If there’s one thing that stands out like a sore thumb with all those architecture-neutral, new-world, flat-screen HD sets, it’s all those old-world cable boxes and the unruly wiring that goes with them. This seems especially true for wall-mounted units. But all that is about to change as major manufacturers begin hiding the next generation of cable boxes inside new DTV sets. And at the same time, the cable industry hopes to satisfy FCC concerns over the next tier of consumer services, as well.
Earlier this month Sony, Panasonic, Samsung, ADB, Digeo and Intel all formally signed a comprehensive agreement with America’s six largest cable firms, including Comcast, Cox, Time Warner, Charter, Bright House and Cablevision to develop technology compliant with CableLab’s tru2way technology that could eventually lead to the demise of the cable set top box. The agreement will affect more than 80 percent of the U.S. cable market, according to the National Cable Television Association. Eventually, the NCTA said, it will affect virtually every cable subscriber in America.
(click thumbnail)JAVA BASED
The technical two-way heart of this box-inside-the-box concept that a wide array of other parties also plan to use (i.e., TiVo), consists of Java-based, upgradeable middleware that enables the so-called “tru2way” technology developed by CableLabs. Beyond the mere streamlined cosmetics produced by hiding the box, the NCTA and CEA believe the agreement with the CE companies will help establish a competitive market for two-way cable-ready products and services. (The “tru2way” brand replaced the use of the term “OpenCable Platform” for marketing the interactive video platform to consumers.)
While tru2way still requires consumers to obtain cable cards from their local systems (a bit of a nuisance that never caught on with the public several years ago), this next-gen cable card could prove more popular because tru2way accesses popular services such as VOD, DVR, and program start-over options, among others.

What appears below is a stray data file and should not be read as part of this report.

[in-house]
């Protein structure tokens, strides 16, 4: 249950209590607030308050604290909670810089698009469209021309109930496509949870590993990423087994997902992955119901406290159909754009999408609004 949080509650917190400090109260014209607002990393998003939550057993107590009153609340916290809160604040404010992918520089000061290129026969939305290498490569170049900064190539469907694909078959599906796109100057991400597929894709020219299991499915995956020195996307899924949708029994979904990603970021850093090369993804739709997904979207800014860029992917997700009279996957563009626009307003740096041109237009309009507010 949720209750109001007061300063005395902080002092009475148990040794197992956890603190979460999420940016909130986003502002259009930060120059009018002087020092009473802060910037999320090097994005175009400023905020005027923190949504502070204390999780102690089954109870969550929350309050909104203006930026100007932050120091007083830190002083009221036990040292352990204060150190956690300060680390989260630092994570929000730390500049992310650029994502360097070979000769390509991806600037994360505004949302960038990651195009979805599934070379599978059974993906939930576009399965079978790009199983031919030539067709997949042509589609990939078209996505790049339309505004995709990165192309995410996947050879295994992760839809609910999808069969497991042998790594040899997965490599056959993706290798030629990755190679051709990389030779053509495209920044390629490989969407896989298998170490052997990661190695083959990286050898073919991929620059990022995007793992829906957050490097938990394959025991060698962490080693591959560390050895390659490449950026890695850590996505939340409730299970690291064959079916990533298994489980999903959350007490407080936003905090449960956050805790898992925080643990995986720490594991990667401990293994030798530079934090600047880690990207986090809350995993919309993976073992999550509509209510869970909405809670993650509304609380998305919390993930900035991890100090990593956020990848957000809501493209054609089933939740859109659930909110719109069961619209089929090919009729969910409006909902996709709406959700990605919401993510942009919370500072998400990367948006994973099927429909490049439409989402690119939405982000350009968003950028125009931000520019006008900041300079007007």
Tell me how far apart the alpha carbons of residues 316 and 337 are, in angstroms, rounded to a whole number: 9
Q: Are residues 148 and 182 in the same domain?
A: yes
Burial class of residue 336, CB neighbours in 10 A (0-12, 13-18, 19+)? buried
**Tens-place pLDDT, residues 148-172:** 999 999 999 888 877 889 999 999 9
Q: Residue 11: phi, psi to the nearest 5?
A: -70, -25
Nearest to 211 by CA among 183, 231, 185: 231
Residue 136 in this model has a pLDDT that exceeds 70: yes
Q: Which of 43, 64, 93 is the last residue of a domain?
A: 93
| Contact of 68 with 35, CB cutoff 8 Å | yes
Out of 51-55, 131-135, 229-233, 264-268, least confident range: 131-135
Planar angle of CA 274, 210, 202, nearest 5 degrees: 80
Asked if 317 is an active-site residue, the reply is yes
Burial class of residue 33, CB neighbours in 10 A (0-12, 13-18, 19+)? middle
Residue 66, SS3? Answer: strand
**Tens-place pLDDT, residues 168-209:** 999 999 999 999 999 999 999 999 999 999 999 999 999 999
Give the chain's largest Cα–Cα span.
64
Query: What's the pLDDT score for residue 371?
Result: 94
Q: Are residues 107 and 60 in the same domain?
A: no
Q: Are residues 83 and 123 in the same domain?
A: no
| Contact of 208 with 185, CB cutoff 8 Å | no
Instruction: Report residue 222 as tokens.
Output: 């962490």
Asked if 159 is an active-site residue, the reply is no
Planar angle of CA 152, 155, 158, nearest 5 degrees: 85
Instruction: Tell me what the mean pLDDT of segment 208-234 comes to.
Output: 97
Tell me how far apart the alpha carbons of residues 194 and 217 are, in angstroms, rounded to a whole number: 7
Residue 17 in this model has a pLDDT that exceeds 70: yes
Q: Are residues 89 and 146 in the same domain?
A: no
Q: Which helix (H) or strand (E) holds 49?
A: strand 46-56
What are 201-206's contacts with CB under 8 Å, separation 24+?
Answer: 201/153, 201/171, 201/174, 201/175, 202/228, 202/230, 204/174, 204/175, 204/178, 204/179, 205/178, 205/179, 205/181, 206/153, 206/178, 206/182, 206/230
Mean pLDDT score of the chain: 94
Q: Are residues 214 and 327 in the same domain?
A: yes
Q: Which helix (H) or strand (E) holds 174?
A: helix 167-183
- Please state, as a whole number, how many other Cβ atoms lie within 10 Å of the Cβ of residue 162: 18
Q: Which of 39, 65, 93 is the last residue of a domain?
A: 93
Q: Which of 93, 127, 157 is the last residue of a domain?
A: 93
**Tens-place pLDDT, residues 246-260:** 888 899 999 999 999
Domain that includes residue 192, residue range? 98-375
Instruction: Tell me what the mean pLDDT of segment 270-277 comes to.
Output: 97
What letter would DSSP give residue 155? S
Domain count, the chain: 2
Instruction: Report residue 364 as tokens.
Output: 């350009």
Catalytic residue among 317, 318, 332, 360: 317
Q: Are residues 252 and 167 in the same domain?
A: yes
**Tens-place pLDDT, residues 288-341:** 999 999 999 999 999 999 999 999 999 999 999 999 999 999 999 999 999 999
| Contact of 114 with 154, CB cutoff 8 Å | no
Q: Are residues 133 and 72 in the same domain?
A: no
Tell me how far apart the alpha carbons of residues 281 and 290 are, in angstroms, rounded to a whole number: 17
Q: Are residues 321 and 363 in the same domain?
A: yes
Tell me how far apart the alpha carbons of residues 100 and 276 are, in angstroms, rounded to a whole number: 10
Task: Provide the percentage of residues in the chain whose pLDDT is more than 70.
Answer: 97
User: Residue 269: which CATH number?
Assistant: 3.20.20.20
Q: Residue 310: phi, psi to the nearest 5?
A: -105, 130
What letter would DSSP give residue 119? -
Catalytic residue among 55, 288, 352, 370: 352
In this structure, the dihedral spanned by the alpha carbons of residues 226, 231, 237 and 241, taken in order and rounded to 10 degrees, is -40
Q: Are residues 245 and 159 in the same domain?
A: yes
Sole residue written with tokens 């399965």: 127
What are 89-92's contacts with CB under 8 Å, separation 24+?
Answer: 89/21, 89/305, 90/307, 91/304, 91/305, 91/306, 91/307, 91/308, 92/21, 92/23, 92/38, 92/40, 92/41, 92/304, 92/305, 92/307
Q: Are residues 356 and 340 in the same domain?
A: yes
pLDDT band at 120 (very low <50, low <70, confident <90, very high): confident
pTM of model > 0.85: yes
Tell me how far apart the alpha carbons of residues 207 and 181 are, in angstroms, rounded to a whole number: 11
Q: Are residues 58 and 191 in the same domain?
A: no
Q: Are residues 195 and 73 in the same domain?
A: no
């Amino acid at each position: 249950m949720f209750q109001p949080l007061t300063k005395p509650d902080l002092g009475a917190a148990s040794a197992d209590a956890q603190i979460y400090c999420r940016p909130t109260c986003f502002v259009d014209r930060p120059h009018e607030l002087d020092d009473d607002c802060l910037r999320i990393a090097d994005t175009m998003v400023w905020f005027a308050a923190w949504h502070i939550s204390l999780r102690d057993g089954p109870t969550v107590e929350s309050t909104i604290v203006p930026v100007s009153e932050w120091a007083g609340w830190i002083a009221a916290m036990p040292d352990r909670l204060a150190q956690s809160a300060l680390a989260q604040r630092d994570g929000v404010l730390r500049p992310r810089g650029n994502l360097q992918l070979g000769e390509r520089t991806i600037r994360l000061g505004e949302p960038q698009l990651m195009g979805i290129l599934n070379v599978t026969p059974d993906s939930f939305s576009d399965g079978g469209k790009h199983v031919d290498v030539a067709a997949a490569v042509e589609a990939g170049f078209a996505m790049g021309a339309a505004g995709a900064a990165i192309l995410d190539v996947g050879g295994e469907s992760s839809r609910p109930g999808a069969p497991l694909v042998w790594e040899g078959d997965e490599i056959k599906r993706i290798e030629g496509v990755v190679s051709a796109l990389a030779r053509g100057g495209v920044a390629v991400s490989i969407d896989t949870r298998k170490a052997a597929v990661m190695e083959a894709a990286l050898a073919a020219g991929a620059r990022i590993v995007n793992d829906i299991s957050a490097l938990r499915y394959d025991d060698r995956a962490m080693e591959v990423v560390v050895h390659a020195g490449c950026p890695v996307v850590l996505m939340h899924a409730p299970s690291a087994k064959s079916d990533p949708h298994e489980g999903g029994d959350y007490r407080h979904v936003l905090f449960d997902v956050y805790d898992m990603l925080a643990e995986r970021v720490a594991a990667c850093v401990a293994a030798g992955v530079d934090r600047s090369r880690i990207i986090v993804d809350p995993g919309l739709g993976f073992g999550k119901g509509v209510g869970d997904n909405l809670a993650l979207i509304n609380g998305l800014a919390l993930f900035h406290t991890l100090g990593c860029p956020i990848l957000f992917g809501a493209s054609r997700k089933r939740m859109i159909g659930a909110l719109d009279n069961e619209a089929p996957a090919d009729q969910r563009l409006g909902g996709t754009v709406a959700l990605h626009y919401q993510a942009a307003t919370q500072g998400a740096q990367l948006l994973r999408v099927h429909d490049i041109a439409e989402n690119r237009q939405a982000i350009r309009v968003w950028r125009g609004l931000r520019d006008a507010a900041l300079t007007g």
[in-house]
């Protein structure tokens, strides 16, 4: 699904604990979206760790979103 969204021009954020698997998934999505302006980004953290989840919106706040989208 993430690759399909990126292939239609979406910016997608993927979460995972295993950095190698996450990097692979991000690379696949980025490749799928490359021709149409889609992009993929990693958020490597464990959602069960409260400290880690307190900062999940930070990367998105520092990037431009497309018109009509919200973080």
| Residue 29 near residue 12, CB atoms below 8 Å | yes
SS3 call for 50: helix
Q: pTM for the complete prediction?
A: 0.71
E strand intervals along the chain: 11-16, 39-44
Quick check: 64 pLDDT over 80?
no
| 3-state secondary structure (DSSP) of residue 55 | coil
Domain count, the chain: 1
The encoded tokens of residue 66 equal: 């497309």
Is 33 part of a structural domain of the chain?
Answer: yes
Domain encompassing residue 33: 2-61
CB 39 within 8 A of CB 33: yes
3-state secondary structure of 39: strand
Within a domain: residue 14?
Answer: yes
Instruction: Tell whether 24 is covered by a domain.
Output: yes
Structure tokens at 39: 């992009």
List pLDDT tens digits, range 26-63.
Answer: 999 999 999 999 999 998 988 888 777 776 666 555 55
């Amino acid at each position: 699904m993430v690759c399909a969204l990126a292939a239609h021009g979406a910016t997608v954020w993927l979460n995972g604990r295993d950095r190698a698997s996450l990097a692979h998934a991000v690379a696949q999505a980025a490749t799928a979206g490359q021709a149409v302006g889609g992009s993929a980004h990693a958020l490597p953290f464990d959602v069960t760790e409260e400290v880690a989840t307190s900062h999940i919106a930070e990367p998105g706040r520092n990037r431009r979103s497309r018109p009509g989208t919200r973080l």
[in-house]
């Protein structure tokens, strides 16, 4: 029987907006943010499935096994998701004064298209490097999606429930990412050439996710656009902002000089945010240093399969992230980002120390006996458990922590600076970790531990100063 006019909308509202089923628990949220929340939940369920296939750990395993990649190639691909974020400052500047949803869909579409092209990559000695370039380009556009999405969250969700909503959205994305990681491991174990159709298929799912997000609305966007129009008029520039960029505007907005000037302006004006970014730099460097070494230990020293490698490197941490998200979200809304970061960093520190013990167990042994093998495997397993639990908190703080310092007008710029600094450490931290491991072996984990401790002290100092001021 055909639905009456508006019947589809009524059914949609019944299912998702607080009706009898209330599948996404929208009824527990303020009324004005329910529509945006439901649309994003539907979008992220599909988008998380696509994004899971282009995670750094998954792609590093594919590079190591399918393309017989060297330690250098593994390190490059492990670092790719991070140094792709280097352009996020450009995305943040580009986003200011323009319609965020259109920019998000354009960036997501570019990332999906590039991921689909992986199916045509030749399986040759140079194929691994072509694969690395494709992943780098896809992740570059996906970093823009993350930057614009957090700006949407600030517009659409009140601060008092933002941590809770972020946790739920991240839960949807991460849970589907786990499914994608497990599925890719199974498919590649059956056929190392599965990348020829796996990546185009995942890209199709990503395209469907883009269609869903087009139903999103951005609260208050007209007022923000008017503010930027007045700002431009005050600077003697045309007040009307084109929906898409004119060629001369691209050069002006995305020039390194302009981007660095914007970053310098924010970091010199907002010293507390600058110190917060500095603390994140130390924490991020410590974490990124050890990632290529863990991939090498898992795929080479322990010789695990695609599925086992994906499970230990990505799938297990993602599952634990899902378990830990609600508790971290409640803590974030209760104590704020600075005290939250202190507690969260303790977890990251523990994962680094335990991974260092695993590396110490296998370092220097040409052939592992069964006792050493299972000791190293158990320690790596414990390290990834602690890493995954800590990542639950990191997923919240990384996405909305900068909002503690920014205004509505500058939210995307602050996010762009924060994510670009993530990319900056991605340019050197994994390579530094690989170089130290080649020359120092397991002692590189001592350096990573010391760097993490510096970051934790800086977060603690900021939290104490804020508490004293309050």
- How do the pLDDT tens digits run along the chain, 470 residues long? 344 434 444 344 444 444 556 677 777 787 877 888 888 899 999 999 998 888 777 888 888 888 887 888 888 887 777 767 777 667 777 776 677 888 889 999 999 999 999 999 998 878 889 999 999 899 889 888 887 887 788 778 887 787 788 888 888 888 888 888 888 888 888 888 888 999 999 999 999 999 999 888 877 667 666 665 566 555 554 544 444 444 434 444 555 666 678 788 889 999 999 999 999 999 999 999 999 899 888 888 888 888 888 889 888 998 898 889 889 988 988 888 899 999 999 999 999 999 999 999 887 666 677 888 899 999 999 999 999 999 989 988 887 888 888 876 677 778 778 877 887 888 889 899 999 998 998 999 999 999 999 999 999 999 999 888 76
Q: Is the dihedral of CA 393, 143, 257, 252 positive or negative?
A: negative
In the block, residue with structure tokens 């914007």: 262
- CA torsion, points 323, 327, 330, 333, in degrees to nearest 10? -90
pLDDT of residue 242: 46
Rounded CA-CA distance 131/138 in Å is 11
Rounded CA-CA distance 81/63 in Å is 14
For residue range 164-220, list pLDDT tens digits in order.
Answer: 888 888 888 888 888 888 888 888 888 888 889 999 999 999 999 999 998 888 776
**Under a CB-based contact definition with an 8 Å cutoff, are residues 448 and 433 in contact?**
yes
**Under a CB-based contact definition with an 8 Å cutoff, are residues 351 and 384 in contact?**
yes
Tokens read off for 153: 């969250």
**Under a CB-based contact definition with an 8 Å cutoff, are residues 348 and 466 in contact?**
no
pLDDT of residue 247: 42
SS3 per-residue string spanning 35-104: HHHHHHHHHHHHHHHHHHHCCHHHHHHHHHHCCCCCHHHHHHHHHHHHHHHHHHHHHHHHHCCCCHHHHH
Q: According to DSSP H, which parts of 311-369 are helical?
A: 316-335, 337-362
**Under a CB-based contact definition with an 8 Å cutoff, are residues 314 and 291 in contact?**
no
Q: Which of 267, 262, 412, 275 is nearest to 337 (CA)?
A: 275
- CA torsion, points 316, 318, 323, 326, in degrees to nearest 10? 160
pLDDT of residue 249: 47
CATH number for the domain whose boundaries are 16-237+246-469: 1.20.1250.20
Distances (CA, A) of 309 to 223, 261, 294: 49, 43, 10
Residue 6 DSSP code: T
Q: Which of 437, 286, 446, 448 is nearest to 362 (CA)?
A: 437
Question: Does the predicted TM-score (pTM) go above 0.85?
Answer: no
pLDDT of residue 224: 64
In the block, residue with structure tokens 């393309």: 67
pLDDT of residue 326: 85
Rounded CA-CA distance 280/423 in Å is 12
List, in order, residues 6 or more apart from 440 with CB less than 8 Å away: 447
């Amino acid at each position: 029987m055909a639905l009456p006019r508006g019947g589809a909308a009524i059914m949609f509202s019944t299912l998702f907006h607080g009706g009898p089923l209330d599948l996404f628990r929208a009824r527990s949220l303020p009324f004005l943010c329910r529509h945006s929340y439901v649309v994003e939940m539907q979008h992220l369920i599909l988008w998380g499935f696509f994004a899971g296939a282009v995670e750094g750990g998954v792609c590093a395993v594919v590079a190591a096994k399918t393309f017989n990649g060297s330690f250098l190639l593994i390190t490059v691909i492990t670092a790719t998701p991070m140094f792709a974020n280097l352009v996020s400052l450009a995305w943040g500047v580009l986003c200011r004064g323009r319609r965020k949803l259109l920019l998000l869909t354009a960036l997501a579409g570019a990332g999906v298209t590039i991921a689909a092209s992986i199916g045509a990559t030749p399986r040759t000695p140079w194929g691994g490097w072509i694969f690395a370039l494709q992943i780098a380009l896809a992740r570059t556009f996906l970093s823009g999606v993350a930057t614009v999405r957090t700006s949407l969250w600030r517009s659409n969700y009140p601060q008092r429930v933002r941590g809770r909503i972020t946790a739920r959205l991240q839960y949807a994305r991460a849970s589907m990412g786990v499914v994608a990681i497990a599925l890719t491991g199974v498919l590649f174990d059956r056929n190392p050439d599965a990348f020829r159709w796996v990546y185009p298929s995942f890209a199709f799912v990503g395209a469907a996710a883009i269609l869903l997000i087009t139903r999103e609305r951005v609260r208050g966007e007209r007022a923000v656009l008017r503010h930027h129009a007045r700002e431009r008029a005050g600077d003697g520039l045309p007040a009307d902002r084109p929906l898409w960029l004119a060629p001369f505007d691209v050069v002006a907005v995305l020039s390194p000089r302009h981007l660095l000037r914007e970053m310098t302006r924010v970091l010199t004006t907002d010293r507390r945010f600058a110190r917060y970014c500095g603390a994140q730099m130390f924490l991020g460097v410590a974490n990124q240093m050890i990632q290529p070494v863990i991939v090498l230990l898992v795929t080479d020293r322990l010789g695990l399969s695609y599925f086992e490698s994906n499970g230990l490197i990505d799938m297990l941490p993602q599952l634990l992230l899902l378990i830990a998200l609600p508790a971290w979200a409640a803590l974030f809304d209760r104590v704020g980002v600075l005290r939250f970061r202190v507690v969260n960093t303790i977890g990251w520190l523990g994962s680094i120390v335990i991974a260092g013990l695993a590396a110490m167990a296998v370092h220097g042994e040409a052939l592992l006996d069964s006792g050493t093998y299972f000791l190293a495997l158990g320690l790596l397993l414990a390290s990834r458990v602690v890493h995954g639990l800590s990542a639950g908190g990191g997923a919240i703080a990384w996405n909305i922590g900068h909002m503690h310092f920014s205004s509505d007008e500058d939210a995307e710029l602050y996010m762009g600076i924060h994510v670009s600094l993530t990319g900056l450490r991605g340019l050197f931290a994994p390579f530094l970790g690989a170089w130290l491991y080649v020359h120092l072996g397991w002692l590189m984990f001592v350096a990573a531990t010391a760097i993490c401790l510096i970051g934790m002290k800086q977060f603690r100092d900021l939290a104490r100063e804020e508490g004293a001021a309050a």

NCTA Vice President and General Counsel Neal Goldberg said the main reason cable cards never caught on with consumers several years ago was because they were essentially one way-only devices.
“A common misconception is that there are one-way or two-way cable cards,” Goldberg said. “But in reality, all cards are inherently two-way. They all serve the purpose for two-way devices, but they only work two-way if they’re in a device that [allows them to]. Now the middleware in this two-way technology makes it future-proof because it allows downloading for upgrades.”
tru2way middleware upgrades will be provided by other manufacturers. The application’s software (EPG, interactive TV, VOD, etc.) will be updated periodically by Comcast, Cox and other cablers, using the DOCSIS (Data-Over-Cable System Interface Specification) communications “path” built into new DTV sets. Thus, tru2way will allow cable firms and middleware developers to upgrade systems literally overnight—in sharp contrast to the often cumbersome methods of upgrading cable services through its first few decades of existence. (On a more basic level, cablers will no longer be required to supply their own boxes for subscriber rental, at a huge cost savings.)
According to Jud Cary, CableLab’s vice president for video technology policy and deputy general counsel, tru2way can also be both hardware and software.